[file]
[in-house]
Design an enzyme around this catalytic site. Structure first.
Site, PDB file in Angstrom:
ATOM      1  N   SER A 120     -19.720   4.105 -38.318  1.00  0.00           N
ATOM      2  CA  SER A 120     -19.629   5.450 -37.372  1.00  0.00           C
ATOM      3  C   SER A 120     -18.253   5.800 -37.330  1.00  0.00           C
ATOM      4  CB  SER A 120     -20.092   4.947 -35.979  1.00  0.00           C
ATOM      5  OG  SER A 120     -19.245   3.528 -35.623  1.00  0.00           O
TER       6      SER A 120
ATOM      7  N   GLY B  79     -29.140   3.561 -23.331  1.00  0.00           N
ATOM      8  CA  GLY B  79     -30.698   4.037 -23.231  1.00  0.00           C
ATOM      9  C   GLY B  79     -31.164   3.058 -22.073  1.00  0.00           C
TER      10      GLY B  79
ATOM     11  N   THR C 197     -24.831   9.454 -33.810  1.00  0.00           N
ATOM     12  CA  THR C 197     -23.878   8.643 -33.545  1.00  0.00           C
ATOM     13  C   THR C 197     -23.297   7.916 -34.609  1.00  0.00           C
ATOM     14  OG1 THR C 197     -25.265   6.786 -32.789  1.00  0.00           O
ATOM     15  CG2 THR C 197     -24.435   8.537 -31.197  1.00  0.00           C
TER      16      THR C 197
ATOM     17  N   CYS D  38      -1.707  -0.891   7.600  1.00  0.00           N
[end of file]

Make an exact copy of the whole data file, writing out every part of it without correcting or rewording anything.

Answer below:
[in-house]
Design an enzyme around this catalytic site. Structure first.
Site, PDB file in Angstrom:
ATOM      1  N   SER A 120     -19.720   4.105 -38.318  1.00  0.00           N
ATOM      2  CA  SER A 120     -19.629   5.450 -37.372  1.00  0.00           C
ATOM      3  C   SER A 120     -18.253   5.800 -37.330  1.00  0.00           C
ATOM      4  CB  SER A 120     -20.092   4.947 -35.979  1.00  0.00           C
ATOM      5  OG  SER A 120     -19.245   3.528 -35.623  1.00  0.00           O
TER       6      SER A 120
ATOM      7  N   GLY B  79     -29.140   3.561 -23.331  1.00  0.00           N
ATOM      8  CA  GLY B  79     -30.698   4.037 -23.231  1.00  0.00           C
ATOM      9  C   GLY B  79     -31.164   3.058 -22.073  1.00  0.00           C
TER      10      GLY B  79
ATOM     11  N   THR C 197     -24.831   9.454 -33.810  1.00  0.00           N
ATOM     12  CA  THR C 197     -23.878   8.643 -33.545  1.00  0.00           C
ATOM     13  C   THR C 197     -23.297   7.916 -34.609  1.00  0.00           C
ATOM     14  OG1 THR C 197     -25.265   6.786 -32.789  1.00  0.00           O
ATOM     15  CG2 THR C 197     -24.435   8.537 -31.197  1.00  0.00           C
TER      16      THR C 197
ATOM     17  N   CYS D  38      -1.707  -0.891   7.600  1.00  0.00           N